Suction cups are also on the mind of John Holmes of PIAB. Holmes says that vacuum-driven silicone suction cups pose no threat of contaminating food products. ‘‘Air-driven vacuum pumps do not require oil and do not generate heat, so are very safe,’‘ Holmes says. Silicone suction cups must be food grade, Holmes adds.

Palletizing applications in the food and beverage sector make heavy use of vision, particularly when building mixed load pallets. Hans Schouten, Vice President of Marketing and Sales at Flexicell Inc., Ashland, Virginia, delineates the multiple roles of vision in food palletizing applications. ‘‘Vision is used for product recognition, finding orientation, and for inspection. For example, as frozen bread rolls come out of a freezer, some of their dimensions might not meet specifications,’‘ Schouten says. ‘‘Vision systems help pick up the product, but end-users can also use vision as a secondary quality control inspection.’‘

Burgers, Beers and Robots
Food and beverage robotics perform tasks other than picking, packing and palletizing. Robotics are increasingly used for applications as diverse as butchering of meat and dispensing beverages. Robotic meat cutting is still a rare application in North America, but is more common in Europe. KUKA Robotics Corp., Clinton Township, Michigan, is one company that has implemented meat cutting work cells in Europe. William A. Willard, National Accounts Manager for Food and Beverage applications at KUKA comments on the function of robotics in meat processing lines. ‘‘KUKA is working with companies that specialize in food processing in Europe who have applied our robots.’‘ Willard explains that after an animal has been processed, robots do the prime cutting. He says that robotic meat cutting is performed in a similar way that a butcher does except that a hog, for instance, is oriented vertically rather than horizontally.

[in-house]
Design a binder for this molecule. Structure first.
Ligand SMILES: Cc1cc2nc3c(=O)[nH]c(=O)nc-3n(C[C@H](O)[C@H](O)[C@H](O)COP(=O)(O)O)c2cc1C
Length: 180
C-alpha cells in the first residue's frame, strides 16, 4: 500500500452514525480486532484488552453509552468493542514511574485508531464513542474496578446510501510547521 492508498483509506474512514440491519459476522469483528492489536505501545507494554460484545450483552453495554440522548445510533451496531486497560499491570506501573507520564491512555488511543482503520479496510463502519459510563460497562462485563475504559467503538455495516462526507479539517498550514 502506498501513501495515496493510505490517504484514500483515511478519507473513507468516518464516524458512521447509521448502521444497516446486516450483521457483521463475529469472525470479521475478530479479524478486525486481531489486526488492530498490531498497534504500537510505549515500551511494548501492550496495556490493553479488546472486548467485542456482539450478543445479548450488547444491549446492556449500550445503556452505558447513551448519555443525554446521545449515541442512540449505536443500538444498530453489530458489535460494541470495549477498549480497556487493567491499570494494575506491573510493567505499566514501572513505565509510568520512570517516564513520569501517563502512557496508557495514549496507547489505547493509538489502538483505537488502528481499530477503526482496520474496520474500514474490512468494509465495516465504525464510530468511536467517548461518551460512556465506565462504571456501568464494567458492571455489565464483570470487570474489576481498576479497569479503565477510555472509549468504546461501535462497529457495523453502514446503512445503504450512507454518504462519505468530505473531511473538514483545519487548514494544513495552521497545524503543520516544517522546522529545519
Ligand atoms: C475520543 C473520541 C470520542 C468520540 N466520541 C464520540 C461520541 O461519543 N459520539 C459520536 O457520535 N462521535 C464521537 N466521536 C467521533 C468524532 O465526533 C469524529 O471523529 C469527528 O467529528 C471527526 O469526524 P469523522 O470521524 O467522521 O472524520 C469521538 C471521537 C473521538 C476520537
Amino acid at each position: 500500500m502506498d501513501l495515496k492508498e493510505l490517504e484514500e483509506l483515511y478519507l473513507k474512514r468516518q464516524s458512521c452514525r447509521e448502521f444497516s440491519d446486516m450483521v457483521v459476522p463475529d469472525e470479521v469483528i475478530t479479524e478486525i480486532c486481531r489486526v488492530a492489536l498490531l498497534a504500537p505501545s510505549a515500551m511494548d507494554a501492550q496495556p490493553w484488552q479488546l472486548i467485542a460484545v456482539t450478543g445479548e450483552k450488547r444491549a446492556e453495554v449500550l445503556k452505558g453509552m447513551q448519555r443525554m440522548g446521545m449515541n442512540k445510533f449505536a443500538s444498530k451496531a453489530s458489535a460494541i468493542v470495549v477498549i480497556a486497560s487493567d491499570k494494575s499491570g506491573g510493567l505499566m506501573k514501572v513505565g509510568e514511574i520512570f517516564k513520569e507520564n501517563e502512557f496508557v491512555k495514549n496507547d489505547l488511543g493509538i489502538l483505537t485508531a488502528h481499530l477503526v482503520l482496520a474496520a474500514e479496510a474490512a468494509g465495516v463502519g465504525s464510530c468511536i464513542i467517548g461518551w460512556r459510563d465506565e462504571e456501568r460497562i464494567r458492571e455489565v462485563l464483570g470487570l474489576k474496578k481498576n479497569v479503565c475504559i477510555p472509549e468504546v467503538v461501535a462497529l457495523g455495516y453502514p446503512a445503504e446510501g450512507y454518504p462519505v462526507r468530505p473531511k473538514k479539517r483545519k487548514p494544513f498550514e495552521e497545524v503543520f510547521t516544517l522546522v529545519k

Robotic meat cutting, like other food and beverage applications, utilizes vision to accomplish its chore. KUKA’s systems employs infrared scanning of pigs and cows prior to robotic butchering. Again, KUKA’s William Willard: ‘‘KUKA does infrared scanning of the body to make a three-dimensional image of it. Internal algorithms determine where the cut needs to be made,’‘ Willard says. ‘‘The robot’s software is interpolating exactly the carcass’s precise position and where the robot’s arm has to be to take a certain action.’‘

Laxmi Musunur of FANUC also says robotics have a role in cutting meat. ‘‘A large piece of meat is on a moving conveyor. A vision system using a laser scanner determines the meat’s topography and cuts a perfect slice out of it,’‘ Musunur says.

‘‘With the availability of integrated vision (robot vision built-in to the robot controller) it’s now very easy to incorporate vision into a wide range of applications,’‘ added Musunur.  FANUC Robotics’ has an integrated vision system that can be applied to virtually any picking, packing or palletizing application.
 
On the beverage side of food robots, Motoman Inc., West Carrollton, Ohio, offers several unique RoboBar service robot systems for dispensing beverages. RoboBar is available in high-production, entertainment and a non-alcohol versions, each designed to fill a particular market niche. Ron Potter, Motoman's Senior Director of Emerging Markets, describes each of them. ‘‘Motoman's RoboBar HP (high production) model is meant for high-volume service bars in places like casinos, cruise ships or airports. It can mix hundreds of recipes of drinks through dispensing guns that pump the liquor and mixes, and can also add ice, if desired.’‘ Potter gives an example of a mixed drink order. ‘‘If a customer wanted a Long Island iced tea, a server would place the order through a touch screen. RoboBar HP would mix the six ingredients, perfectly portioned, in